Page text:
A key event on the road to war was the 1980 death of Josip Broz Tito, the longtime leader of the Socialist Federal Republic of Yugoslavia who had held its six republics together since World War II. As recounted in many written works, including Gary Bass’ popular book about war crimes trials, “Stay the Hand of Vengeance,” Tito suppressed many of the ethnic divisions simmering from that war, which included massacres of Serbs by the Croatian fascists who supported the Axis powers, as well as reprisal attacks by the victors. His death led to a resurgence of nationalism and ethnic suspicions in the decentralized republic.
The void also made citizens of the republics more susceptible to attaching themselves to strong-willed nationalist leaders like Milosevic and Croatia’s Franco Tudjman, according to Kemal Kurspahic, whose book “Prime Time Crime: Balkan Media in War and Peace” documents Milosevic’s alarming control over the public mindset. Kurspahic writes that Milosevic first used the media to help maneuver his rise to power, then kept near-total control throughout his reign over the state media and other private news outlets, which were run by ardent supporters or intimidated from straying from the nationalist line; the state-owned TV channel was known as “Slobovision.” The endlessly promoted narrative was that of Serbia as the long-suffering victim that needed to defend itself against surrounding existential threats from Muslims in Kosovo and Bosnia, and Croats. (The narrative easily drowned out some of the courageous work of independent outlets.)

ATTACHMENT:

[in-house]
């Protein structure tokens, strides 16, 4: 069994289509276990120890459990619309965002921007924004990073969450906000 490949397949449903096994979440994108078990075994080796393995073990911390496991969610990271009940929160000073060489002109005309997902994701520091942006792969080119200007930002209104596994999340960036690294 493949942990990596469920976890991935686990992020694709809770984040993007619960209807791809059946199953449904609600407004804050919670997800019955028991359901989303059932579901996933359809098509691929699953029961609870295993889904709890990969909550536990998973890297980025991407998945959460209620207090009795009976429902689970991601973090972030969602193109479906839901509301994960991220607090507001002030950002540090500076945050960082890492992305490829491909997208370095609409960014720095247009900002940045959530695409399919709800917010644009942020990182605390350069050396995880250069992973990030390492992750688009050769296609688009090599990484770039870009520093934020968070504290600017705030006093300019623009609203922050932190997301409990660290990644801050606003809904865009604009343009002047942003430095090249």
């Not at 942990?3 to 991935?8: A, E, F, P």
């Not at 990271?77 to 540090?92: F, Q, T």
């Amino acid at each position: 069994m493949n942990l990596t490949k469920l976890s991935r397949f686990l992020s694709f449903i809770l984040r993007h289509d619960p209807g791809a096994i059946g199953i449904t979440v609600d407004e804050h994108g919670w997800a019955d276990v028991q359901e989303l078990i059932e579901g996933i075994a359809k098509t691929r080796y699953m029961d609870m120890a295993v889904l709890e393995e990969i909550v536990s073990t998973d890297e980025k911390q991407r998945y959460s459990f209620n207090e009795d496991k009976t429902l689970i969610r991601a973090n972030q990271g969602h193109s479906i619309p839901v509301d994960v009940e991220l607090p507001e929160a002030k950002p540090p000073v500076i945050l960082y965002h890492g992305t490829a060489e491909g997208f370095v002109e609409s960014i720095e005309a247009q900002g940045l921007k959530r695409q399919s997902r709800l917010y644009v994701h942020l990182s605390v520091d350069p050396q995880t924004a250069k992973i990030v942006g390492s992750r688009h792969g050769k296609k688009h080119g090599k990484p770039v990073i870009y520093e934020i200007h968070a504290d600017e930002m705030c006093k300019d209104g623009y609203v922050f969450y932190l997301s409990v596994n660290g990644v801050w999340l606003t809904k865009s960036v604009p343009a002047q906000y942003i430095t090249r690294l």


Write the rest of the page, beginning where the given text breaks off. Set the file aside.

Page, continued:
Drawing comparisons to Nazi Germany, one scholar, Nenad Dimitrijevic, describes the Milosevic government as “a populist criminal regime” characterized not by repression but popular support. Sabrina Ramet, who has published a number of academic works on Serbia, writes that Serbia suffers from “a denial syndrome” that when coupled with nationalist sentiments creates “a powerful concoction in which the society is able to escape into a mythic reality in which people (in this case, the Serbs) are portrayed as simultaneously heroic and victimized.” Outsiders more casually familiar with Serbia’s complicated history, including visiting journalists, might best avoid making such weighty assessments while at least grasping the obvious – that the carryover of nationalist sentiments was going to cause serious headaches for the ICTY. Similarly, Serbia, which is 83 percent Serb with small minorities of Albanians and Bosniaks, was never going to have a groundswell of popular support for domestic war crimes trials.